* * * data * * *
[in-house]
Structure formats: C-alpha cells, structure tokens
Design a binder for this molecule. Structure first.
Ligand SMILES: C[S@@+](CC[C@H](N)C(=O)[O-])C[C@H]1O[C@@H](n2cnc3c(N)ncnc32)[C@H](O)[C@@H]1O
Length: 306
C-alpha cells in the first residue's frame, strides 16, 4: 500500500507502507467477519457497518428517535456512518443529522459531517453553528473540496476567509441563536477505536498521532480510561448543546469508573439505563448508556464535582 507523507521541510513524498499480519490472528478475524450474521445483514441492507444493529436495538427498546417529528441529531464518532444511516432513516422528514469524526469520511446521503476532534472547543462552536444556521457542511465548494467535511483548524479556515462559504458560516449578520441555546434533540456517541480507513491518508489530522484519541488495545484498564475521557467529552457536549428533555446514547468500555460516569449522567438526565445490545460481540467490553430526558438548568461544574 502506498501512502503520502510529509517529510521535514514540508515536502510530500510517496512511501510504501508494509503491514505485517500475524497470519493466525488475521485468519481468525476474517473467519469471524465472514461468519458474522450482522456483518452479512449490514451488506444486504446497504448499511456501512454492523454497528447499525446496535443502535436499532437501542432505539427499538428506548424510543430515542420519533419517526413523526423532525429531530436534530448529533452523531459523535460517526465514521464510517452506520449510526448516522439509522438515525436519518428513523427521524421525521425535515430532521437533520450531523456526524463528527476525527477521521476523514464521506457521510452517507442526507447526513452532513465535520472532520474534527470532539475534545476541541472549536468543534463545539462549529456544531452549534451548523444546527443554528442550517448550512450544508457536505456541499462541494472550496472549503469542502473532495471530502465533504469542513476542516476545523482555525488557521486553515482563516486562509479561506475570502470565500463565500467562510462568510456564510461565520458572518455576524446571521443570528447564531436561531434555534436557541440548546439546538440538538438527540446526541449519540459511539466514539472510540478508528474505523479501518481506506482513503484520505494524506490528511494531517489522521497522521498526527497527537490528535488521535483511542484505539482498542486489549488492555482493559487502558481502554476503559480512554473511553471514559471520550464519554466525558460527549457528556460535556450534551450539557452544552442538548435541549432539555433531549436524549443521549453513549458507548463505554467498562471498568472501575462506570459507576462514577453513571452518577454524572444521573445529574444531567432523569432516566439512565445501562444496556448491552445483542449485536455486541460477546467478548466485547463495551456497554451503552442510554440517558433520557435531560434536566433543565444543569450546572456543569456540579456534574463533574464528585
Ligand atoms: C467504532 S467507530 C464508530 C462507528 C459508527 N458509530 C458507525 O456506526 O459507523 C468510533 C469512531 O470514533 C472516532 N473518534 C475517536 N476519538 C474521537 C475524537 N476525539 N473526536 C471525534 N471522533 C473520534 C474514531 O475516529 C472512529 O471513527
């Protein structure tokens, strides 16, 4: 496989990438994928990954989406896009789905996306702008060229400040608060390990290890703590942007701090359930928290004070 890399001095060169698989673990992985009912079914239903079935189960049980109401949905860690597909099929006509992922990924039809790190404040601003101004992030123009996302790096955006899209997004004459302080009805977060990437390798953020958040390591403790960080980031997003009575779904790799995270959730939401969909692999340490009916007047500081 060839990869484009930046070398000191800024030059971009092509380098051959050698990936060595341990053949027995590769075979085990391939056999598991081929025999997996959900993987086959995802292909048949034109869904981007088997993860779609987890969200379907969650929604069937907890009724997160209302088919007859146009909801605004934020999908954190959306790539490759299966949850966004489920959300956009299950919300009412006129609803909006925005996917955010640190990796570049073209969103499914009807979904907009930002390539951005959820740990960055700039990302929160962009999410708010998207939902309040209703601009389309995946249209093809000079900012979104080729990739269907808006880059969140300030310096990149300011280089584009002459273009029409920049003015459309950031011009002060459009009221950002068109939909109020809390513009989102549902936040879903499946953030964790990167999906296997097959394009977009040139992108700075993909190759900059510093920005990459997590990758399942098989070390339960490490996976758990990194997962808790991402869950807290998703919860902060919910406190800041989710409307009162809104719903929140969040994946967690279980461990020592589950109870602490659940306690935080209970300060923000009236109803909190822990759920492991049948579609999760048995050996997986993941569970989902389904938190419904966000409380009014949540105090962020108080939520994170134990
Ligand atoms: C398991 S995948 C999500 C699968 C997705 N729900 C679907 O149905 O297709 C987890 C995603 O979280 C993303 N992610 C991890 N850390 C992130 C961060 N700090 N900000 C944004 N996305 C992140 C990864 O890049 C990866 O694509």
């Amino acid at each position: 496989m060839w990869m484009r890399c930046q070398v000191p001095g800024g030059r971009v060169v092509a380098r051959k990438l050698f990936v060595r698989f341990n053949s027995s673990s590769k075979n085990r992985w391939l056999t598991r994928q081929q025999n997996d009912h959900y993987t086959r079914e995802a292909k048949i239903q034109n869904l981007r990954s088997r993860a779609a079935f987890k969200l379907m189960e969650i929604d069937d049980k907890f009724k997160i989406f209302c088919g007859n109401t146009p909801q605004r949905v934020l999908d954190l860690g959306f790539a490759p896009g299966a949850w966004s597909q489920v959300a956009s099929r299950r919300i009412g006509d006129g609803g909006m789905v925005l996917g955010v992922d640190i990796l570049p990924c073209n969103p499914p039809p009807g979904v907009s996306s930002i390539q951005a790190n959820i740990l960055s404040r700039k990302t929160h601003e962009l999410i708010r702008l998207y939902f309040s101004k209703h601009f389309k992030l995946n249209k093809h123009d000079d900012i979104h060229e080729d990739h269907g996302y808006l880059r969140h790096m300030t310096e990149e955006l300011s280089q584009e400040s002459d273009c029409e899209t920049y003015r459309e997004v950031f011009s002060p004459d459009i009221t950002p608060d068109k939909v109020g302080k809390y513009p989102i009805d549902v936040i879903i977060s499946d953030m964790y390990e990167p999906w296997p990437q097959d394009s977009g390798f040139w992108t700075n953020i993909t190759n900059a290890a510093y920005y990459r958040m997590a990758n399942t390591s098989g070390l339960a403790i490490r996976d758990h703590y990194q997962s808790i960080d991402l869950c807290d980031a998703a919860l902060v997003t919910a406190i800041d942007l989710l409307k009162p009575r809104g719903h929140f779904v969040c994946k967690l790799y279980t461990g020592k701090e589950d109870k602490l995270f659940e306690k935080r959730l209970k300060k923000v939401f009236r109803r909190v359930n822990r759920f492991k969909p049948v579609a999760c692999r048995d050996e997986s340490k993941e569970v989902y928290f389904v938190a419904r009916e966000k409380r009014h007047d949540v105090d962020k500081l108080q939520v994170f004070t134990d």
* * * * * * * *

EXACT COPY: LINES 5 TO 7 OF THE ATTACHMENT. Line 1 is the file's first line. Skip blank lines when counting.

Length: 306
C-alpha cells in the first residue's frame, strides 16, 4: 500500500507502507467477519457497518428517535456512518443529522459531517453553528473540496476567509441563536477505536498521532480510561448543546469508573439505563448508556464535582 507523507521541510513524498499480519490472528478475524450474521445483514441492507444493529436495538427498546417529528441529531464518532444511516432513516422528514469524526469520511446521503476532534472547543462552536444556521457542511465548494467535511483548524479556515462559504458560516449578520441555546434533540456517541480507513491518508489530522484519541488495545484498564475521557467529552457536549428533555446514547468500555460516569449522567438526565445490545460481540467490553430526558438548568461544574 502506498501512502503520502510529509517529510521535514514540508515536502510530500510517496512511501510504501508494509503491514505485517500475524497470519493466525488475521485468519481468525476474517473467519469471524465472514461468519458474522450482522456483518452479512449490514451488506444486504446497504448499511456501512454492523454497528447499525446496535443502535436499532437501542432505539427499538428506548424510543430515542420519533419517526413523526423532525429531530436534530448529533452523531459523535460517526465514521464510517452506520449510526448516522439509522438515525436519518428513523427521524421525521425535515430532521437533520450531523456526524463528527476525527477521521476523514464521506457521510452517507442526507447526513452532513465535520472532520474534527470532539475534545476541541472549536468543534463545539462549529456544531452549534451548523444546527443554528442550517448550512450544508457536505456541499462541494472550496472549503469542502473532495471530502465533504469542513476542516476545523482555525488557521486553515482563516486562509479561506475570502470565500463565500467562510462568510456564510461565520458572518455576524446571521443570528447564531436561531434555534436557541440548546439546538440538538438527540446526541449519540459511539466514539472510540478508528474505523479501518481506506482513503484520505494524506490528511494531517489522521497522521498526527497527537490528535488521535483511542484505539482498542486489549488492555482493559487502558481502554476503559480512554473511553471514559471520550464519554466525558460527549457528556460535556450534551450539557452544552442538548435541549432539555433531549436524549443521549453513549458507548463505554467498562471498568472501575462506570459507576462514577453513571452518577454524572444521573445529574444531567432523569432516566439512565445501562444496556448491552445483542449485536455486541460477546467478548466485547463495551456497554451503552442510554440517558433520557435531560434536566433543565444543569450546572456543569456540579456534574463533574464528585
Ligand atoms: C467504532 S467507530 C464508530 C462507528 C459508527 N458509530 C458507525 O456506526 O459507523 C468510533 C469512531 O470514533 C472516532 N473518534 C475517536 N476519538 C474521537 C475524537 N476525539 N473526536 C471525534 N471522533 C473520534 C474514531 O475516529 C472512529 O471513527